Home Story Index Stories by 
Sheila Clark

Stories by 
Valerie Piacentini

Stories by 
Various Authors

ScoTpress History Zine Archive



Lorraine Goodison

"Good evening."

"What... oh! I'm sorry, I didn't see you standing there. It's so quiet, I thought I was alone."

He nodded solemnly, returning his gaze to the star-flecked velvet of deep space. Here at the vantage point afforded by the officer's lounge they seemed to stand still in fixed positions, although he knew in reality they were speeding past at unimaginable speeds. "I... felt the need for quiet and contemplation," he remarked, surprised at the feeling that an explanation was needed for his presence here.

"Ah." She looked longingly at the panoramic darkness, then withdrew slightly. "I'll leave you alone, then."

"No, you do not have to," he said, his eyes hidden in the twilight of the darkened room. "We can be together and still alone in their solitude."

She half smiled. "That's... very true." Relieved that she would not have to return to the clammy quiet of her cabin, she moved closer to the observation port, experiencing the awe such a sight invariably conjured in her. Starship crews, she thought, are a breed apart. Leaving our planets, homes, families, to travel distances some people even now can't comprehend. What brings us out here, I wonder? Escape, I guess. Running from reality, or - her eyes flickered in the direction of her silent companion - or loneliness, the darkness seemed to say. We spend our lives dreaming, searching, hoping for... what? Better the devil you know... Maybe not.

She considered his sharp-nosed profile. We've both changed... Strange how a person can alter so much in so short a time. Old memories came unbidden, bringing with them the equally old feeling of embarrassment. I must have been a real pain, she thought, grimacing at the memory.

Standing there, close and far apart, the silence seemed to deepen, closing in to magnify the depression hovering outside their inward thoughts. Suddenly she could not bear it any longer. She must speak, or go. She couldn't -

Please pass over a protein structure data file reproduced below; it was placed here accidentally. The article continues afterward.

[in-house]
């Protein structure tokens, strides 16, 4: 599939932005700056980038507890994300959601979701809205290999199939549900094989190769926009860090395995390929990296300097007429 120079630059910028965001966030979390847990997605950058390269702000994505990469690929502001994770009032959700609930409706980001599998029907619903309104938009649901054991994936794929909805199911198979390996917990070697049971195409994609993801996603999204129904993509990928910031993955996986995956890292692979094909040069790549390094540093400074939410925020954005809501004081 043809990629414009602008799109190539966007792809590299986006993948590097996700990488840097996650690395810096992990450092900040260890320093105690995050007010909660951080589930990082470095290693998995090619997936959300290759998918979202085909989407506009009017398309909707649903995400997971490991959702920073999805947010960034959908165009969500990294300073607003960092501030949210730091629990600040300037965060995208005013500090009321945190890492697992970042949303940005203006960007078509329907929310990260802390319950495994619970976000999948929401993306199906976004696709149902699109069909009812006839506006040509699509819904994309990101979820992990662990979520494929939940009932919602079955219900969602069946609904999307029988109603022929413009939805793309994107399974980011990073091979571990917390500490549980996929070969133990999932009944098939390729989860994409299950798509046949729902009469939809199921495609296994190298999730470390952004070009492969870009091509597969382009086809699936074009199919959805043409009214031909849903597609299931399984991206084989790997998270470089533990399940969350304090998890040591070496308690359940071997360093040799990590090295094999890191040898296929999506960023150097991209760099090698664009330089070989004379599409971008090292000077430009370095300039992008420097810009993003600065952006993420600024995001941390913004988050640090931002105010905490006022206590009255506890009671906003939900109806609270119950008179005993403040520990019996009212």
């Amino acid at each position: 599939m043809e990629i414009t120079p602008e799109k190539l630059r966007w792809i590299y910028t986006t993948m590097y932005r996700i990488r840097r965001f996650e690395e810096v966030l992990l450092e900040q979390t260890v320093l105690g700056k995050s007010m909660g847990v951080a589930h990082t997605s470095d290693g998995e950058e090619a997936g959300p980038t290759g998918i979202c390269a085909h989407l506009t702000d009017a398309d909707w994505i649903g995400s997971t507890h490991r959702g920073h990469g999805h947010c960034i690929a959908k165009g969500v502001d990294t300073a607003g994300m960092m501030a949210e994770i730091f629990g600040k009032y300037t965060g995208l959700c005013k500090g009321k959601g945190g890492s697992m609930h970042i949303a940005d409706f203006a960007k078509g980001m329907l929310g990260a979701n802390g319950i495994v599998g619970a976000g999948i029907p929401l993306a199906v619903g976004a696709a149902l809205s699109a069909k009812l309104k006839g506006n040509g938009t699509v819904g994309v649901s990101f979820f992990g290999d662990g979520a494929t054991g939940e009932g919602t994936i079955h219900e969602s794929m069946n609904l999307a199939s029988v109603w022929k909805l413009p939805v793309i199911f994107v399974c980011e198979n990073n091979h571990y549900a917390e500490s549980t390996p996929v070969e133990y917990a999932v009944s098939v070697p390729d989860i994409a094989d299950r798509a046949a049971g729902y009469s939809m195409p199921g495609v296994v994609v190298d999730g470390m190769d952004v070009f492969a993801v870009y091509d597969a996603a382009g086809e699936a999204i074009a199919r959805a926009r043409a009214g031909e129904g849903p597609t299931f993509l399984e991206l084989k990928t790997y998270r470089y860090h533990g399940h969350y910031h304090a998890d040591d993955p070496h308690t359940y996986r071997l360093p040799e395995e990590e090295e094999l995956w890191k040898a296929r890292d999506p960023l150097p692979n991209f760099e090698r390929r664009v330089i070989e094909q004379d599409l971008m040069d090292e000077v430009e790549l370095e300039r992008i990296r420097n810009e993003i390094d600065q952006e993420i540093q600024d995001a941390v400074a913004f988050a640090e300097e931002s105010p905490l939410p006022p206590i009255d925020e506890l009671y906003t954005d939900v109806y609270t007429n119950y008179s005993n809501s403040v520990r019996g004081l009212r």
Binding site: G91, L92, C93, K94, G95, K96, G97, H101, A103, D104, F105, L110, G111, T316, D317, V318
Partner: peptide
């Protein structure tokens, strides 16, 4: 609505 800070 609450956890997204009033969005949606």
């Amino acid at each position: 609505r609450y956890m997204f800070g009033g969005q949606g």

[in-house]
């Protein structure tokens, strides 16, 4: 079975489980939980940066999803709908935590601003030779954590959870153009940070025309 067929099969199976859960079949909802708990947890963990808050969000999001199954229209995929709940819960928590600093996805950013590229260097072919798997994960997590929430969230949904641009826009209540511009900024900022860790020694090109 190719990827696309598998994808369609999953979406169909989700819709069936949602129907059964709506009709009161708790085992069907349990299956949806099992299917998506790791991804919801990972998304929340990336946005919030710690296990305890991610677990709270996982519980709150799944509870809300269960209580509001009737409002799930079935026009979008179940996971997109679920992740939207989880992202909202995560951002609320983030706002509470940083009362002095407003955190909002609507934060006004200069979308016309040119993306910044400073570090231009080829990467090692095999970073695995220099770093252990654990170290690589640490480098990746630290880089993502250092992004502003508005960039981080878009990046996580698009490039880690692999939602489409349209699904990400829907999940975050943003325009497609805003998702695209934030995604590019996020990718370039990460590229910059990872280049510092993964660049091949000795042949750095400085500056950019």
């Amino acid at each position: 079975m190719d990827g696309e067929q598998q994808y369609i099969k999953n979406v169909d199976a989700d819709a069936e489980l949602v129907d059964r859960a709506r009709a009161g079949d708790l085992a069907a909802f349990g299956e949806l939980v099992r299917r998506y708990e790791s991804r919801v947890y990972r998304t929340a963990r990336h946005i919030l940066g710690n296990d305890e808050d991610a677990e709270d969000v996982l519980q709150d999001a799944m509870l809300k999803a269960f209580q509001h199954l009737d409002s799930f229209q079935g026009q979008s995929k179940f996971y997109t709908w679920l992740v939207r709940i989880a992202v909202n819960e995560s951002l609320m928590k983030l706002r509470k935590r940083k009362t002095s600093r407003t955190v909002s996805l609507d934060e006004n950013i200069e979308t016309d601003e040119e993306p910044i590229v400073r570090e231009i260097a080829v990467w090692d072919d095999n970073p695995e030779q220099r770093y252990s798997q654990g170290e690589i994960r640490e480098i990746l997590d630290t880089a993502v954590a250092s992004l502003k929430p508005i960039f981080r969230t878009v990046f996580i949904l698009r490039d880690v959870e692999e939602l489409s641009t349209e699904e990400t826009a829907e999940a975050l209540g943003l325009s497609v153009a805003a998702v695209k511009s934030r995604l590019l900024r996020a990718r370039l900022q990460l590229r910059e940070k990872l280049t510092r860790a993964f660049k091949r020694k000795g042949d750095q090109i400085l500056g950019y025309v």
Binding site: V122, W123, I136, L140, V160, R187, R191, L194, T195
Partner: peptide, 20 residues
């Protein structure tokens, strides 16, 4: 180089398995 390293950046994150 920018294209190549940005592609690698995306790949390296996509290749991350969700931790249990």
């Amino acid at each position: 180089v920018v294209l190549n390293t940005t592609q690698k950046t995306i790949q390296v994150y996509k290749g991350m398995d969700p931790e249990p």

"I am sorry, I omitted to congratulate you on your promotion."

Startled from her thoughts, she smiled, feeling gratitude at his breaking of the stiffness, whether intentional or not. "You have had other things on your mind. Thank you anyway." Silence again, then, "I can't think why they didn't promote you to a higher post. I would have thought you deserved it most."

He looked back to the window. "I... had other things to do, avenues to travel... "

"Oh. I did hear a rumour you went back to Vulcan."

A brief nod. "For a short time, yes." He felt tempted to say more, but stopped. Some things could not be explained easily, not even to his best friend, and not to her. Memories vied for attention in his mind, taking him back to -

"It was nice to see you back," she murmured, wondering at her choice of words.

"I have come to the conclusion I belong here," he replied, scarcely bothering to hide the trace of bitterness tracing the words.

She noticed the hidden irony and understood. "I guess I decided that too. Once you join a Starship, you're hooked."

"It is a philosophy I am familiar with, yes."

The stars drew their attention again, and she felt a surprising sense of companionship stir at the fringe of her emotions. No, more the mutual understanding of two who have experienced similar reactions to the incidents which have shaped their lives. She felt a sudden urgent need to apologise, perhaps somehow erase her actions toward him when they had known each other before. She turned to speak, halting as new insight struck her.

There's no need, no need at all. He understood then, and still does. My feelings may have been mixed up and wrong then, but they were real enough at the time. He did try to help me, but I didn't even notice. Hey, girl, you've taken a helluva long time to realise, haven't you?

Happier now, she felt the release of the tension which had kept her from sleep until now. Realisation brought with it peaceful acceptance, and she knew she wished to share it with her companion, but again she stopped the words. What need was these when he already knew? Silence could sometimes be more eloquent than words, after all.

However... Reluctantly, she broke the silence once more. "Oh, dear... suddenly I'm tired. Bed beckons, I think. Tomorrow may be busy."

He nodded.

"Yes. Bed, sleep... Goodnight, Mr. Spock."

There was no reply. But as she reached the door, his head turned in her direction, his deep voice soft, yet clear enough for her ears. "Goodnight, Christine."

Her lips curved in an unseen smile as she entered the dammed brightness of the corridor. Suddenly, things didn't seem so bad after all.


Copyright Lorraine Goodison